Did you know you have two little yellow, nine-volt-battery-sized adrenal glands in your body, just chilling out, maxin’, relaxin’ all cool on top of your kidneys? Someone told me this and I checked it out. Turns out it’s true.
It seems as though your adrenal glands are kind of like those British Royal Guards with the big, black fuzzy hats who stand like statues in front of Buckingham Palace. They just stand there quietly, not doing much really, just enjoying the brown, slippery beach that is your kidneys.
However, if anything startling should happen that requires your attention — like say you’re about to give a speech at a wedding or you hear a twig crack outside your tent or your doorbell rings in the middle of the night — then they leap into action, jumping out of their peaceful slumber to squeeze out a big dose of adrenaline right into your body, pumping you up, and turning you into a primal, warrior-like version of yourself.
When tension runs high and adrenaline is secreted into your body some crazy things can happen — sometimes called the fight-or-flight response:
- Your heart rate increases. And specifically, your body starts sending blood to all your big muscles and diverts it away from “non-critical” parts of your body, like your brain, immune system, and digestive system. I guess someone figured you could digest the sandwich after you killed the bear.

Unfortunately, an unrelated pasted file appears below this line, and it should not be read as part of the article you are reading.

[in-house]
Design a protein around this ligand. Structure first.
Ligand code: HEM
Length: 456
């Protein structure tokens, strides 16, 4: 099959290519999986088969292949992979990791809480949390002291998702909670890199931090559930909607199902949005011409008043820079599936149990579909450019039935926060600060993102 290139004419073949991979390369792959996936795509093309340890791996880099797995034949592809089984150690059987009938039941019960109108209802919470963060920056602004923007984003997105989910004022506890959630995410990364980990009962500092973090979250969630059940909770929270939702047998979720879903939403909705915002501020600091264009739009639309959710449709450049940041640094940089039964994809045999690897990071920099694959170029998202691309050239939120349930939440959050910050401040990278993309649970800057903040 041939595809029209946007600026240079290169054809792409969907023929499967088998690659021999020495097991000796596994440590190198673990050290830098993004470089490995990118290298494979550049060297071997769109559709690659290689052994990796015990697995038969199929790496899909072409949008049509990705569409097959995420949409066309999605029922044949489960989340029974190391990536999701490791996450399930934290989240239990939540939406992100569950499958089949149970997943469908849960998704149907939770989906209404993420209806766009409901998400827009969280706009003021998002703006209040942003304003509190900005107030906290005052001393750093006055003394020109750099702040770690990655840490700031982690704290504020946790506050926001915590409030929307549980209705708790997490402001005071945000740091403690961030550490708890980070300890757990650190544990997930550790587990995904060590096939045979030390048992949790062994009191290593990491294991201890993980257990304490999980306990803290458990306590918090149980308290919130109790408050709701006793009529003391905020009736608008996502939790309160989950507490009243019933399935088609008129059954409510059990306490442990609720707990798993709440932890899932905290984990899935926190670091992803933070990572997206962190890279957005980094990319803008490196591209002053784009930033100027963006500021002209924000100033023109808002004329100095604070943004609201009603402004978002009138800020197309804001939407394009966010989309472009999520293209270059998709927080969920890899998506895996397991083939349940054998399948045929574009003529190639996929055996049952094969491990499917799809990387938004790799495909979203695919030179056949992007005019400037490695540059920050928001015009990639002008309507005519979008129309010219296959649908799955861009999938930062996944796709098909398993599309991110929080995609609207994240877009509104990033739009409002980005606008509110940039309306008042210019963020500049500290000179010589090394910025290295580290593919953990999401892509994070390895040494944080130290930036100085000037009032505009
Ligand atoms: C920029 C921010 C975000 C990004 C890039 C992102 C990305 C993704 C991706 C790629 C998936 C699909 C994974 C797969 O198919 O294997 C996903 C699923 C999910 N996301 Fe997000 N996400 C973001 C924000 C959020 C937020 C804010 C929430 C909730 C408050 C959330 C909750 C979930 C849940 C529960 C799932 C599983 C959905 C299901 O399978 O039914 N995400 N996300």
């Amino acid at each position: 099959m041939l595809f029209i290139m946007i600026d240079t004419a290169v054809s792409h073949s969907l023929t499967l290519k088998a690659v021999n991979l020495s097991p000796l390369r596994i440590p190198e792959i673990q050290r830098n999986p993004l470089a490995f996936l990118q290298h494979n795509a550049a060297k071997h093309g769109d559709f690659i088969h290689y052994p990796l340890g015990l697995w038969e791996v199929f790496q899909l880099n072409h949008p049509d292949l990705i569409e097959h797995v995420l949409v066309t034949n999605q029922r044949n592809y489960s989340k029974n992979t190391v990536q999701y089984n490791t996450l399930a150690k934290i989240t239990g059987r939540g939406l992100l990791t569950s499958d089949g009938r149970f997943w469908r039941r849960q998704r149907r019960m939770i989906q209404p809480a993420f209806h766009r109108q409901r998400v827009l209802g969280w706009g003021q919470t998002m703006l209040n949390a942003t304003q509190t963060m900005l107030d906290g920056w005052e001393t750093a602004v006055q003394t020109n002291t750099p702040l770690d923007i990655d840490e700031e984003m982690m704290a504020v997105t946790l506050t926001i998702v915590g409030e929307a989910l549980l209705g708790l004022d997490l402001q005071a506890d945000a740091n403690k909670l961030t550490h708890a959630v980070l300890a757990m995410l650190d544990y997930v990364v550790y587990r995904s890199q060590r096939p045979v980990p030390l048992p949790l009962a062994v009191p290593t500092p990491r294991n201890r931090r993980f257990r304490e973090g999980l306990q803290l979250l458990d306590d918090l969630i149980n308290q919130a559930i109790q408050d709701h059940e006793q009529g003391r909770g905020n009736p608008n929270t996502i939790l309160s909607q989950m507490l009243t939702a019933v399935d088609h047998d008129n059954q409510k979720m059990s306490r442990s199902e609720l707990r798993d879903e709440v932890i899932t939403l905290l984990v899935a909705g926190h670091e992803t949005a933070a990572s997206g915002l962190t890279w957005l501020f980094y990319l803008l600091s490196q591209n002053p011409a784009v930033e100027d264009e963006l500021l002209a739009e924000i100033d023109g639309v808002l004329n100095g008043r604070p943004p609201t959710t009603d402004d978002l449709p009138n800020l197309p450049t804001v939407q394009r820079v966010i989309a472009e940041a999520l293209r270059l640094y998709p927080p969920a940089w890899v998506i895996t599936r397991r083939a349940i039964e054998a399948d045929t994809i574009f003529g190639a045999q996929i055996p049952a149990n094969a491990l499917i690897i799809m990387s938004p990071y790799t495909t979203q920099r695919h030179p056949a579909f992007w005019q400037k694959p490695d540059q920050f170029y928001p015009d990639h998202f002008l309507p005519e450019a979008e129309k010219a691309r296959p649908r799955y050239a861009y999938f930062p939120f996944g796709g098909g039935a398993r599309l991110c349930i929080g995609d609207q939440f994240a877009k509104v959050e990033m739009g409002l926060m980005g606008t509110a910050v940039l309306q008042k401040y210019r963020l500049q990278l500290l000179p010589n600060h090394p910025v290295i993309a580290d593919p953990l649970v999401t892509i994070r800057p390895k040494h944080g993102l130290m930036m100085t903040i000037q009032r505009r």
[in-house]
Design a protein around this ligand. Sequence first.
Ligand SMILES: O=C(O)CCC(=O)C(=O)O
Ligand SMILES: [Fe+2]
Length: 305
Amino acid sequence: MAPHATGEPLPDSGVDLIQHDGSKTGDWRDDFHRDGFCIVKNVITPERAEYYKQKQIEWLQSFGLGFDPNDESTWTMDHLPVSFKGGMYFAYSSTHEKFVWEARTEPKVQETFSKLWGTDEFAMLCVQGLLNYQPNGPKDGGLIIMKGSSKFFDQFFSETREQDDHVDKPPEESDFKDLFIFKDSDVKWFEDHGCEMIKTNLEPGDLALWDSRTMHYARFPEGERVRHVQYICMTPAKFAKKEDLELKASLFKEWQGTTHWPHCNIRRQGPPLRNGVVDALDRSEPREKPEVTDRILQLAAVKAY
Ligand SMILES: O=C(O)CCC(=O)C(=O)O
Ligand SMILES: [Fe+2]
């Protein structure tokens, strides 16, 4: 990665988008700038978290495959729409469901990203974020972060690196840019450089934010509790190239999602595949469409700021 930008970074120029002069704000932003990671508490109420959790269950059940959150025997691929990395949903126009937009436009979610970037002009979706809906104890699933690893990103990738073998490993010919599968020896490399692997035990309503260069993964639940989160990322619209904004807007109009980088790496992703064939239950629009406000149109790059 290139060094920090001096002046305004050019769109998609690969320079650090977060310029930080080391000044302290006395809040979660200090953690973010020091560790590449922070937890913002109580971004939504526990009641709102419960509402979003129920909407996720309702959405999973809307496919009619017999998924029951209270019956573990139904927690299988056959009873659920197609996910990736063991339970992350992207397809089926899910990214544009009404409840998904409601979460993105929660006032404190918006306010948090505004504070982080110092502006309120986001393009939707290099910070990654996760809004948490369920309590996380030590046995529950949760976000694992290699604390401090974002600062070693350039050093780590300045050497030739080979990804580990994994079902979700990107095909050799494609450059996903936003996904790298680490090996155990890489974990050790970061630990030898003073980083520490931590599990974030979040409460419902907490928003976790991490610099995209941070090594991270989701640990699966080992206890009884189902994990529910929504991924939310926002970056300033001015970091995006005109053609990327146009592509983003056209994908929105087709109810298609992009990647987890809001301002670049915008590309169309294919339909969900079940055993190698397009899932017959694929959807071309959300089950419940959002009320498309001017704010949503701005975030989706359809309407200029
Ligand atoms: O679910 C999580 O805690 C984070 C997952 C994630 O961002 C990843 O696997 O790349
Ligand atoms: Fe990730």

- Your pupils dilate and you get tunnel vision. Quite literally, adrenaline also reduces your peripheral vision, which together with your big, wide pupils helps you focus on what lies ahead. You can’t quite see through walls, but if a crow is diving at your eyes you might be able to swat it away better.
- Your body gets ready to boot it. In addition to the rising heart rate, your body starts turning lots more stuff into sugar, raising your blood sugar level and filling you with energy. You might not even feel pain as easily, so the raspberry bushes that shred your legs when you’re running out of the forest won’t slow you down.
But what’s also great about adrenalin is that, first of all, you don’t have to control it. It just sort of kicks it into high gear when it figures you could use a boost. I think it’s kind of cool knowing that your body will help you out when you need it most. Punch me in the face and suddenly my internal British Royal Guard tosses away his fuzzy, black cap, cracks his neck, and rolls up his sleeves.
And really, isn’t it that little dose of adrenaline that helps you do a better job when you need it most? It’s a natural upper, helping you nail the big speech, ace the final exam, or perhaps flee both of those scenes.
There’s a reason some people become adrenaline junkies. The boost you get from your adrenal glands waking up and getting out of bed is intoxicating. Sure, it fuzzes up your thinking a bit and sends your intestines on sabbatical, but it sure does pump you up. And remember: when something important in your life is about to happen, you can count on your good pal adrenaline to be there, juicing you up, helping you fight the good fight.
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